Spain needs between 4,500 and 6,500 MW of wind power to comply with European 2020 targets, according to Ministry of Industry

Foto presentada al Premio Eolo de Fotografía AEE de 2012. Ana María Aliaga. A toda máquina

For the first time during this Parliamentary Term, the Government has gone public as regards its intentions for the Energy Plan 2015-2020 and the path to be followed to comply with Europe’s targets for 2020. According to the accompanying Environmental Sustainability Report, between 4,553 and 6,473 MW of wind power capacity would have to be installed – depending on the demand for final energy –, in order to achieve around 29,500 MW. This means that wind power would be the energy technology to enjoy the highest level of growth in Spain over the next six years.

To achieve the capacity that the Ministry of Industry, Energy and Tourism believes necessary, between 900 and 1,300 MW would have to be installed every year, representing an investment of between 6Bn€ and 8.7Bn€. However the regulatory framework accompanying the Spain’s Energy Reform makes such aims almost impossible: these are standards that allow profitability to be varied at different times throughout the useful life of the unit thereby generating uncertainty and discouraging investment. During the first half of 2014, only one 0.08 MW wind turbine was installed in Spain.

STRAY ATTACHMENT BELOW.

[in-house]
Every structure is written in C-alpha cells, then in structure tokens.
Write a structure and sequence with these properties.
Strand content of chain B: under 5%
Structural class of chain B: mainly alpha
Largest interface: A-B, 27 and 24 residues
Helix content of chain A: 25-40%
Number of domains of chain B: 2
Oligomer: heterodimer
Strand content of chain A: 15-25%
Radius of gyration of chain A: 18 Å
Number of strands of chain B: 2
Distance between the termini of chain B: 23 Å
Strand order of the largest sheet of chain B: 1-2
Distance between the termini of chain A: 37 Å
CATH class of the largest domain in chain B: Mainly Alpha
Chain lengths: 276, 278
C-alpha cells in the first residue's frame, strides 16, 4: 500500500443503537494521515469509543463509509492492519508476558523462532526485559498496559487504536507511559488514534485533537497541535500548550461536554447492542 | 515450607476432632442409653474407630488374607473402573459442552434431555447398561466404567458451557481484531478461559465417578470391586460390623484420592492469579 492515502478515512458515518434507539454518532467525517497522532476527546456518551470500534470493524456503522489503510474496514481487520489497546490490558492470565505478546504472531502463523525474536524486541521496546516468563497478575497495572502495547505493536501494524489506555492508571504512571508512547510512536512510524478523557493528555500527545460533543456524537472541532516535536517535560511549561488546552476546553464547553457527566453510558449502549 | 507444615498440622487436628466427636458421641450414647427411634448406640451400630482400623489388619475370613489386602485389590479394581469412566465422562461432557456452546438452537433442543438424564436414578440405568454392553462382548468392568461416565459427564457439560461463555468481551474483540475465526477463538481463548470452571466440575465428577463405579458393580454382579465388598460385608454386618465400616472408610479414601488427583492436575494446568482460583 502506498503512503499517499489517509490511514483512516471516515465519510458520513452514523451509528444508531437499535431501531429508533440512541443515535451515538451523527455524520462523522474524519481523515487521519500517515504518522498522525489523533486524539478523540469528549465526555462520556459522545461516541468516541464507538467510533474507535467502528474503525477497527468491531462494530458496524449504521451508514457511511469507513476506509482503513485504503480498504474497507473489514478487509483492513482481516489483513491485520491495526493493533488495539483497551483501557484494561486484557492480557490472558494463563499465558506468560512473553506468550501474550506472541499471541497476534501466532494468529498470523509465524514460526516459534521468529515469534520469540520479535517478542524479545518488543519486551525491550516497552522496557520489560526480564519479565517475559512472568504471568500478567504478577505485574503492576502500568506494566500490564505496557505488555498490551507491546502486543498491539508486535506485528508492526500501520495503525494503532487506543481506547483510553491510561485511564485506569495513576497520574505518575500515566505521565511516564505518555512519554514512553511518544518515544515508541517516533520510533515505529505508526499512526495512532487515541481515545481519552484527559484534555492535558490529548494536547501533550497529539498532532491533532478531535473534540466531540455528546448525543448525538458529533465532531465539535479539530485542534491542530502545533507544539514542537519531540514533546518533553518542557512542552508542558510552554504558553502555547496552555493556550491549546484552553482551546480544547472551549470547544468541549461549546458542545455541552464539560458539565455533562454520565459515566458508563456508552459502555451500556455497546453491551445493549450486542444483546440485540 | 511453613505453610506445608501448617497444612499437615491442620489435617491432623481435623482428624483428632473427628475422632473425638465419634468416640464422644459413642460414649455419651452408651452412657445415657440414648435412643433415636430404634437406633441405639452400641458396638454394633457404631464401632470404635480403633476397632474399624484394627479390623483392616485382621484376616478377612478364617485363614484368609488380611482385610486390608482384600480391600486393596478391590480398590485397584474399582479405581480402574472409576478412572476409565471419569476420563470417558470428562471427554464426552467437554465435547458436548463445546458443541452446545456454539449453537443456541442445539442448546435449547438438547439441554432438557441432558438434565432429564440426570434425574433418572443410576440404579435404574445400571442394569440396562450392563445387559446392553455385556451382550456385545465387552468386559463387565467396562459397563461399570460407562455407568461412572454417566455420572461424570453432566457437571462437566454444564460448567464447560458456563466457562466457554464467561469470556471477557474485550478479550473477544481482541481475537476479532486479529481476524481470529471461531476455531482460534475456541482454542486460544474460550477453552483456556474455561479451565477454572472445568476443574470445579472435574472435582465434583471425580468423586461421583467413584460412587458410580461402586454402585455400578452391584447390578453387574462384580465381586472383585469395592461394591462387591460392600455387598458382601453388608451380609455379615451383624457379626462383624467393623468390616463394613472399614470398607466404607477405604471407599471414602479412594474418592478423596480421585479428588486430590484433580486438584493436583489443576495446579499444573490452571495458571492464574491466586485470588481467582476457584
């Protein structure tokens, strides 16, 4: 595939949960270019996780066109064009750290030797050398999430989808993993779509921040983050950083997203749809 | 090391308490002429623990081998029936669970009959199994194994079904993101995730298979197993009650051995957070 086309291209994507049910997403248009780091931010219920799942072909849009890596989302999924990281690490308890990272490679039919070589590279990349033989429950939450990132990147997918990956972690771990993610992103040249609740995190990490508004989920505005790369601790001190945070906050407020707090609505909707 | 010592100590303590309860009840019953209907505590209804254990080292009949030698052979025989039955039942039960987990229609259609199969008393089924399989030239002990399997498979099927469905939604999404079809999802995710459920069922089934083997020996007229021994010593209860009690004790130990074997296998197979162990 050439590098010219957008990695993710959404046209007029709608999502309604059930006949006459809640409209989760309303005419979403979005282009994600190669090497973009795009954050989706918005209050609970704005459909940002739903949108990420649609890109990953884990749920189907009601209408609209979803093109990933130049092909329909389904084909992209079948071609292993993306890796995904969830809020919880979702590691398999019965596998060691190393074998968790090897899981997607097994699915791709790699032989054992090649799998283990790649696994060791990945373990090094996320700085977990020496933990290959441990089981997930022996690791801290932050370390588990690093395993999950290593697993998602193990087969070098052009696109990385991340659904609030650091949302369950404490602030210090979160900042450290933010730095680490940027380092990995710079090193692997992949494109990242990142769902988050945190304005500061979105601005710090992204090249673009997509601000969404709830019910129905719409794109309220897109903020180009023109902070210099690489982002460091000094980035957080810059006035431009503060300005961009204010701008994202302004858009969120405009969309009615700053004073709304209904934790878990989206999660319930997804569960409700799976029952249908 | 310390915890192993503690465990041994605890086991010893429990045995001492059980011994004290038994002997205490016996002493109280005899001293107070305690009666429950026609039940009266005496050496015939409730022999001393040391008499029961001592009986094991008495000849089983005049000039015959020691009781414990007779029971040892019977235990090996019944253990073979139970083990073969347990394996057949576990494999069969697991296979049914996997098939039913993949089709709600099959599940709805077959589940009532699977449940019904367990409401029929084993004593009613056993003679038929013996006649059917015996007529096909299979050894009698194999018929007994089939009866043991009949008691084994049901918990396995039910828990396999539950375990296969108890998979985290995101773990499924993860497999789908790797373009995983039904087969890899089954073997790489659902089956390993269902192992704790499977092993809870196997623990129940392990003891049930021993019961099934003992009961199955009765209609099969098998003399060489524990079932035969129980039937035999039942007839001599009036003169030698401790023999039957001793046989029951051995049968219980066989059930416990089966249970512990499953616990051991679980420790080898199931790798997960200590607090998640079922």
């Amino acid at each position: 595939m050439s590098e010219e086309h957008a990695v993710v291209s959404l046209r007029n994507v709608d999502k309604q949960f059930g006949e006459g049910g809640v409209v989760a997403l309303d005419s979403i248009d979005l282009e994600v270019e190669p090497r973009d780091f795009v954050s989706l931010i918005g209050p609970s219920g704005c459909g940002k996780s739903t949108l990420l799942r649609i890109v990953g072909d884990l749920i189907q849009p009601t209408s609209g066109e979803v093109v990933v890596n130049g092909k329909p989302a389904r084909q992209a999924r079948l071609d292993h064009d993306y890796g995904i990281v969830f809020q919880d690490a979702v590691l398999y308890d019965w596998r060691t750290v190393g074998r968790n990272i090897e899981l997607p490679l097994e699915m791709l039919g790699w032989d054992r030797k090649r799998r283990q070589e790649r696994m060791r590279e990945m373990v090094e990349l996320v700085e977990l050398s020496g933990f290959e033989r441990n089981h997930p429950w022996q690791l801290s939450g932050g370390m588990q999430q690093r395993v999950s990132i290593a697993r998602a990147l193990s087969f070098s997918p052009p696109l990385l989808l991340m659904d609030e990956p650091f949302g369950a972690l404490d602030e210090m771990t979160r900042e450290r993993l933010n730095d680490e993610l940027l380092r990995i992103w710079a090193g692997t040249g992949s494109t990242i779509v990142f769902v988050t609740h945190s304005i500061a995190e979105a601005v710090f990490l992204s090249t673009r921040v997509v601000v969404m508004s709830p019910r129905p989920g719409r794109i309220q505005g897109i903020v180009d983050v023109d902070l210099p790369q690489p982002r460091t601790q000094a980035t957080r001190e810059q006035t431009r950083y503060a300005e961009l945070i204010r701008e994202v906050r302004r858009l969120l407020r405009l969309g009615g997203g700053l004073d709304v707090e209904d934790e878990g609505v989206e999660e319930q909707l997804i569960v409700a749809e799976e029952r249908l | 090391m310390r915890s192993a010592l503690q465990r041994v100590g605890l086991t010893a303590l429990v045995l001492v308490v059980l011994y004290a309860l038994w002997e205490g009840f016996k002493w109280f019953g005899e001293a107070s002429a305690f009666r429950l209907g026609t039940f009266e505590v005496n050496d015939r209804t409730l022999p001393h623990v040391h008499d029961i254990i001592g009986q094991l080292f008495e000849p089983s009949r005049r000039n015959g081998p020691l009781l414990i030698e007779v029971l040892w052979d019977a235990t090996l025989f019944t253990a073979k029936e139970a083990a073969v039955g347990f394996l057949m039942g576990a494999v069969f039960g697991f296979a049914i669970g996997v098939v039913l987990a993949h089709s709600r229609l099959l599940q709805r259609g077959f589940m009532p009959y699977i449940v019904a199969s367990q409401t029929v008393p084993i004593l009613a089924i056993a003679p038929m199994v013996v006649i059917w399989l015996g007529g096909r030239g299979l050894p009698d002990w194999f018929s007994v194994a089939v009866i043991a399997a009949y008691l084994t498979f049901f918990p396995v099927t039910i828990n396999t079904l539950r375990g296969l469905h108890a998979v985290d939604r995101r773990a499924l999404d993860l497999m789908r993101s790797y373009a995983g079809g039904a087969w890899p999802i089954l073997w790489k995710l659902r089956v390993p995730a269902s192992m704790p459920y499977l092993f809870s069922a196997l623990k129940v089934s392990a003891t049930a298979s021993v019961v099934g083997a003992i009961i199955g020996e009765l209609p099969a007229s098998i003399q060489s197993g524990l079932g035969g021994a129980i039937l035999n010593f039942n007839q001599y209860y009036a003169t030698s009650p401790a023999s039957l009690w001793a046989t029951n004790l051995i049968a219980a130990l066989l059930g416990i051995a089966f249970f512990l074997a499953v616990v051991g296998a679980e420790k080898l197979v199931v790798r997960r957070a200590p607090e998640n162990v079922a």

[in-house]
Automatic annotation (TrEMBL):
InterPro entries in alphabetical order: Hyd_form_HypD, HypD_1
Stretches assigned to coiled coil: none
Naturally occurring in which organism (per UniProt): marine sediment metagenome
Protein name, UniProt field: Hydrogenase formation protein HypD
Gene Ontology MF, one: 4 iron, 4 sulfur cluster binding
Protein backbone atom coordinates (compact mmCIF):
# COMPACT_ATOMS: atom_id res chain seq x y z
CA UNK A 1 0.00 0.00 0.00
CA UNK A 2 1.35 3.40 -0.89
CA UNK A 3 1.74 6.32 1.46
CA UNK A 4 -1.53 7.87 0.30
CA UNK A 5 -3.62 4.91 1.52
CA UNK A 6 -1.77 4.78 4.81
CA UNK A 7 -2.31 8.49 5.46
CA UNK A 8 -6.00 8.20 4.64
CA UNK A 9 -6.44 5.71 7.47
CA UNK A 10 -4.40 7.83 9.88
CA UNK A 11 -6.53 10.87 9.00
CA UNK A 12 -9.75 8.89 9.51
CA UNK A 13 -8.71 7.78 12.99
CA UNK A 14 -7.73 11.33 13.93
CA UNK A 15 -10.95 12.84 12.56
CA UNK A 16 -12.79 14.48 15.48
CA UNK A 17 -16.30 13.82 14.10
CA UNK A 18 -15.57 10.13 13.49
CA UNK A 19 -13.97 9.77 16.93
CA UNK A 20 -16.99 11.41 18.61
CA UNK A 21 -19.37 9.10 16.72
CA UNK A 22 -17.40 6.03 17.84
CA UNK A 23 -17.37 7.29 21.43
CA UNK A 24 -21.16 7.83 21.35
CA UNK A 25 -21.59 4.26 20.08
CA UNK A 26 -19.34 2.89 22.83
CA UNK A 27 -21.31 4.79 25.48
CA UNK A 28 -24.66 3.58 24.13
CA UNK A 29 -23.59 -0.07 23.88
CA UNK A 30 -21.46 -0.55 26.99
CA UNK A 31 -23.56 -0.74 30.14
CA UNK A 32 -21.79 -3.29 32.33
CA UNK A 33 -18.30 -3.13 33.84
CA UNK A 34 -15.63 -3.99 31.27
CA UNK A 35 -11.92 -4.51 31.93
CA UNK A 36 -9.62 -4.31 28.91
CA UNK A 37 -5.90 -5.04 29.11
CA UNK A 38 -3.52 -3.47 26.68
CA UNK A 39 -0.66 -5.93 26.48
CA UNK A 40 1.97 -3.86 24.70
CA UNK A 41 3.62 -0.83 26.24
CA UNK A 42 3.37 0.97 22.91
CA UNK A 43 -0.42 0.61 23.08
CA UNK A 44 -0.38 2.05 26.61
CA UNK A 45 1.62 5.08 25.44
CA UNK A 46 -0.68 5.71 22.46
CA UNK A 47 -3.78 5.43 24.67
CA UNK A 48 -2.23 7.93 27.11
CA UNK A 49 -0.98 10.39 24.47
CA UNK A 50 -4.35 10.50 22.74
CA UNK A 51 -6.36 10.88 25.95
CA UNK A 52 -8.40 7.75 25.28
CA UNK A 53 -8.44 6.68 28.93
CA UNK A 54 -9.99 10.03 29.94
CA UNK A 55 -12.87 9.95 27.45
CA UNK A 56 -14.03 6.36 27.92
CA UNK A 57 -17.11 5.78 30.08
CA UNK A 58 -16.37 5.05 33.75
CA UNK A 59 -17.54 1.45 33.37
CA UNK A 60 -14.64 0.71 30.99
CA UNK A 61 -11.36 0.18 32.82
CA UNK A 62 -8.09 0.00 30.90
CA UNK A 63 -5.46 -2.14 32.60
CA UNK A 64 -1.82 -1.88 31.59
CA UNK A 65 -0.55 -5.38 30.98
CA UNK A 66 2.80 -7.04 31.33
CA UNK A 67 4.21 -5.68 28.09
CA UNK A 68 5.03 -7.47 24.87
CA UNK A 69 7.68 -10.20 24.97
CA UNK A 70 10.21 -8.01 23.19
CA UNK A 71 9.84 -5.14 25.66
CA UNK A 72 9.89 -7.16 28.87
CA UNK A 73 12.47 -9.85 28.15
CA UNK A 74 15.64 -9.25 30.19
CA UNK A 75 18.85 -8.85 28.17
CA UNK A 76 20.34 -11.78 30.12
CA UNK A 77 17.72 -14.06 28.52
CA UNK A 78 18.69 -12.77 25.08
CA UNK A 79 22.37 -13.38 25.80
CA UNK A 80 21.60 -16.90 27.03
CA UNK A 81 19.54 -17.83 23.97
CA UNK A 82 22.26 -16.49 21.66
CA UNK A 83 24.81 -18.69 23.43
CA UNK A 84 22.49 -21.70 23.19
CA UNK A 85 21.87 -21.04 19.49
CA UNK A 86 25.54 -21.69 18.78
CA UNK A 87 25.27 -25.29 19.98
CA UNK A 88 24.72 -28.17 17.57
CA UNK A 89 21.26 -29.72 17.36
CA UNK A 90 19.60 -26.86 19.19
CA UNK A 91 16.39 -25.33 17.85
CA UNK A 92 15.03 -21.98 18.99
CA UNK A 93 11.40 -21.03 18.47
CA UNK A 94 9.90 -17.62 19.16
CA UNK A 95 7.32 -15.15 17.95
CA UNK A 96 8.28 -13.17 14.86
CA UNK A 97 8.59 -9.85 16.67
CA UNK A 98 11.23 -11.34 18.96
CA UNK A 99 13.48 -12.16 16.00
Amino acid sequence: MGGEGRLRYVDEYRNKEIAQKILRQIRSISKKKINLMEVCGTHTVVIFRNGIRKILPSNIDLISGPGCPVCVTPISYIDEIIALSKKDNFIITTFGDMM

These forecasts clearly show that compliance with the target of 20% of final energy consumption originating from renewable energy sources by 2020 is up in the air. In addition, it should be remembered that by 2020, around 45% of the installed capacity will be 15 years old.

To comply with the target path set out by the Executive for 2020, stable regulation will be required in all areas of the State, something that will mean taking a step backwards in Energy Reform. If not, Spain will not be able to meet its European commitments, which are binding.

In fact, a recent report issued by the European Environment Agency (EEA) – that reports to the European Commission – has stated that, based on 2013 data, it is unlikely Spain will achieve the target under current conditions. And it affirms that the country will have to design and implement new measures or use flexibility mechanisms to achieve its objectives. The report points out that Spain, just like Belgium, Croatia, Cyprus, France, Greece, Hungary, Romania and Latvia, must achieve two to three times higher absolute growth in renewables compared to the period 2005-2012.